WHAT IS AN OPTIC NERVE PIT?
An optic nerve pit is a small pocket or hole near the optic nerve (the nerve that connects the eye to the brain). It happens when the eye does not develop properly before birth. About 1 in 11,000 people have an optic nerve pit. Usually, it affects one eye, but in 15% of children, it can be seen in both eyes.
See Figure 1, which shows a normal optic nerve with an orange-pink circle and a yellow-white center. See Figure 2, which shows a nerve with a pit. There is an extra area of lighter color at the bottom of the orange-pink circle; this is the pit.
Fig. 1: Normal optic nerve.
Fig. 2: Optic nerve pit. See how it is lighter in color at the bottom. This is where the hole or pocket forms in the nerve.
HOW IS THE OPTIC PIT DIAGNOSED?
An optic nerve pit is most often diagnosed by an ophthalmologist during a routine eye exam.
If the optic nerve pit affects the vision, extra testing may be used like fluorescein angiography (a special test that uses a dye and a camera to look at the blood flow in the back of the eye) or optical coherence tomography (OCT, a special test that looks at the thickness of the back of the eye).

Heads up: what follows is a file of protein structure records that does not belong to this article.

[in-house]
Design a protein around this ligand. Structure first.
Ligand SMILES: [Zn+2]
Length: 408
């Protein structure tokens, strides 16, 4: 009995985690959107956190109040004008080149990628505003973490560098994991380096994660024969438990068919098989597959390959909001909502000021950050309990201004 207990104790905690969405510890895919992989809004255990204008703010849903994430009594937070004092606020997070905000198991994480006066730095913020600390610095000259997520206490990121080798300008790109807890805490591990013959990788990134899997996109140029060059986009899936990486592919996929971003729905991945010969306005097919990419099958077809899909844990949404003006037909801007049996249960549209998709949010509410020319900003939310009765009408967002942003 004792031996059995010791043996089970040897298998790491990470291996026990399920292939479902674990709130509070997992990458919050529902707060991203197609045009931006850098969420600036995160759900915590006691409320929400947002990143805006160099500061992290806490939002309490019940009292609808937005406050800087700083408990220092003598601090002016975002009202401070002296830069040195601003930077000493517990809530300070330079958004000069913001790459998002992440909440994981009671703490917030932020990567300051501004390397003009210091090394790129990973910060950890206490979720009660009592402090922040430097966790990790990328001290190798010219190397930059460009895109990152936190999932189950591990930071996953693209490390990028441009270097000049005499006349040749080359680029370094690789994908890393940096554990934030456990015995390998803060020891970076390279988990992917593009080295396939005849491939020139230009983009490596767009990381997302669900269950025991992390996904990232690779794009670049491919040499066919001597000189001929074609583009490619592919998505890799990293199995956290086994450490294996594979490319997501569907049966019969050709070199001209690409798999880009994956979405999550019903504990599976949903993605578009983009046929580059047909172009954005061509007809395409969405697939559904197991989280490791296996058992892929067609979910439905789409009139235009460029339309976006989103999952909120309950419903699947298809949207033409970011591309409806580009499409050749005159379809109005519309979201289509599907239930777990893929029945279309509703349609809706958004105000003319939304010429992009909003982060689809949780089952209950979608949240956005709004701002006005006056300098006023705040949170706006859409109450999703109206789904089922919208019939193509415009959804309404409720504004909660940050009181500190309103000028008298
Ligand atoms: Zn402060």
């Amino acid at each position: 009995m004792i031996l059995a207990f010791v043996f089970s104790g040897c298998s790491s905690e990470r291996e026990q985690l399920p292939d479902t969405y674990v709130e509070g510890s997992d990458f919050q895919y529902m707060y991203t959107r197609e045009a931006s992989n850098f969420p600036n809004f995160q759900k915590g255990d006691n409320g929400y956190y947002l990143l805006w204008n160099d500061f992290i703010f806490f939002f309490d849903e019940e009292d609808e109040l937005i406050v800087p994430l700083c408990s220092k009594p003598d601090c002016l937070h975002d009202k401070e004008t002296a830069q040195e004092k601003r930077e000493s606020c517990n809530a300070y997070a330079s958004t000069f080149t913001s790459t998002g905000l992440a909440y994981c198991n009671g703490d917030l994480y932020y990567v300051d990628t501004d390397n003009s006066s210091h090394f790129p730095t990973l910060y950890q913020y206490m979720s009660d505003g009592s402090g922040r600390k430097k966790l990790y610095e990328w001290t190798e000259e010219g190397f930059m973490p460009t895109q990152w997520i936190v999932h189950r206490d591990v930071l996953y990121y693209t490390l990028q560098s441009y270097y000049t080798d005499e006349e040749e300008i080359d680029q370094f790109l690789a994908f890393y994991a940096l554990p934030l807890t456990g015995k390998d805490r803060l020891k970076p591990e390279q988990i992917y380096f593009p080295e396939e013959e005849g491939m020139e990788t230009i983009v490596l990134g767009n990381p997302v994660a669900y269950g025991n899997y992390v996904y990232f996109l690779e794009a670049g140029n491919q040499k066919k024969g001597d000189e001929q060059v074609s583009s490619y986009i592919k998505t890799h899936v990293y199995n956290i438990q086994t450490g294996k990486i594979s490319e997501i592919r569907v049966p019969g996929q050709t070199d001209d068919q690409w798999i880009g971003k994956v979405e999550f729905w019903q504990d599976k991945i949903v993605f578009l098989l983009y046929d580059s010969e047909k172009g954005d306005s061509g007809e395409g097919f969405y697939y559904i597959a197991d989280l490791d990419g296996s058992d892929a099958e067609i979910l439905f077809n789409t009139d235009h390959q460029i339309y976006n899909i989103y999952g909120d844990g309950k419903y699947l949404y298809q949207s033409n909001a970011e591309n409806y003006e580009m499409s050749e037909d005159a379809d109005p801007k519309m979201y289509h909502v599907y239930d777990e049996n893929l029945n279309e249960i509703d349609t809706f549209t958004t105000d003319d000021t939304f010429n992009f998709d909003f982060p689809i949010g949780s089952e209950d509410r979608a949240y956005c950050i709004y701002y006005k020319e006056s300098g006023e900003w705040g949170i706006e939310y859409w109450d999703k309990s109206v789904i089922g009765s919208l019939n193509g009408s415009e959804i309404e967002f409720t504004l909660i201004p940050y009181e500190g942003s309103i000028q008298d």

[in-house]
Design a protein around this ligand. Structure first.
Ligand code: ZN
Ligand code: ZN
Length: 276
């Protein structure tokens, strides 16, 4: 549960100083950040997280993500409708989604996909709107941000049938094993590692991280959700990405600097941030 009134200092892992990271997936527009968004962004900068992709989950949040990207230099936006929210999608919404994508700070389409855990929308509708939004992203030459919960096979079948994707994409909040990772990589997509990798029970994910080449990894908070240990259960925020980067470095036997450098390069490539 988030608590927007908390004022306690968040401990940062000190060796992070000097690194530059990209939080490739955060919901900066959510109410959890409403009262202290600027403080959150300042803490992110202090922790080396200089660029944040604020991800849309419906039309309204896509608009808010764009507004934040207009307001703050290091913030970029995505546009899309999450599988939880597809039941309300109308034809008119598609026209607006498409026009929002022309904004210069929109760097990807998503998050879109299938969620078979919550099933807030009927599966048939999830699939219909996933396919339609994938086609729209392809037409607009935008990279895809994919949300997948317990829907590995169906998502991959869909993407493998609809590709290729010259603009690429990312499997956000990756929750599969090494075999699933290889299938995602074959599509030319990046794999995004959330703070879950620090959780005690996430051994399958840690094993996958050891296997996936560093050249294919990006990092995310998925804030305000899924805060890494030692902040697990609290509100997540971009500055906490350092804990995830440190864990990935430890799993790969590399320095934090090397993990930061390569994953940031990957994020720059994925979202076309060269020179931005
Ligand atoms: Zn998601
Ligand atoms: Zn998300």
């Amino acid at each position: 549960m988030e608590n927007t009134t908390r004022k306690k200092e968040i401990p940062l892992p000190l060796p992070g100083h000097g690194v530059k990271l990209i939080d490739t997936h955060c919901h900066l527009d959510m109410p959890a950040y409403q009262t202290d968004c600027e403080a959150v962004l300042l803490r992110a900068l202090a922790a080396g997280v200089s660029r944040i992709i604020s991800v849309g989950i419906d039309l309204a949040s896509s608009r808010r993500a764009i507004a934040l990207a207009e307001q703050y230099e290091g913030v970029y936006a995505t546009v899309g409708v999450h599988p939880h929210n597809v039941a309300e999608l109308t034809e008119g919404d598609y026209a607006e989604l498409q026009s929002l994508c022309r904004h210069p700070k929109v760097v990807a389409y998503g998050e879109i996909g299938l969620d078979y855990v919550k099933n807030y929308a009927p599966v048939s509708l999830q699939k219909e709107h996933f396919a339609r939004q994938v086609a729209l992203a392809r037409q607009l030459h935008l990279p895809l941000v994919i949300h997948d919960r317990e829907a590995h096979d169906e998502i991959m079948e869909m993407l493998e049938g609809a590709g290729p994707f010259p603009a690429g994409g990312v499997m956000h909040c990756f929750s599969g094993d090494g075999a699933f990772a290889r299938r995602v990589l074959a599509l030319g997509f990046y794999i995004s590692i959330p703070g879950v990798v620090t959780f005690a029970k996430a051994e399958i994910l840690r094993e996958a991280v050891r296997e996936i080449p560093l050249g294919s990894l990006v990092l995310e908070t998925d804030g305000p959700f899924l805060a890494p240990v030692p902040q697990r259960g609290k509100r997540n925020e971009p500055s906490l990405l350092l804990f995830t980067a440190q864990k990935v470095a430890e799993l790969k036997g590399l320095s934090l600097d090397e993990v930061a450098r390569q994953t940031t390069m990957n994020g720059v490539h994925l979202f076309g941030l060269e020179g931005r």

WHAT IS THE EFFECT OF THE OPTIC PIT ON VISION?
The pit itself usually does not affect vision, and most people do not have any symptoms for a long time, if ever. However, about half of patients with symptoms start having vision changes in their 20s or 30s.
Vision problems occur when fluid builds up under the center part of the retina (the inner lining of the back of the eye). If fluid builds up under the retina, it can cause blurry vision, distorted/stretched/wavy vision, and objects to appear smaller than they are.
WHAT IS THE TREATMENT OF THE OPTIC PIT?
Unfortunately, there is no treatment for the optic pit itself or a way to prevent fluid build-up. However, monitoring and regular follow-up with your ophthalmologist are necessary to look for fluid build-up and blurry vision because that may be treatable.
In some cases, the fluid under the retina goes away on its own with rest and monitoring. In other cases, eye surgery may be needed to remove the fluid. However, even with the right treatment, vision may not fully return to normal.
If you have more questions about an optic nerve pit, speak with your ophthalmologist.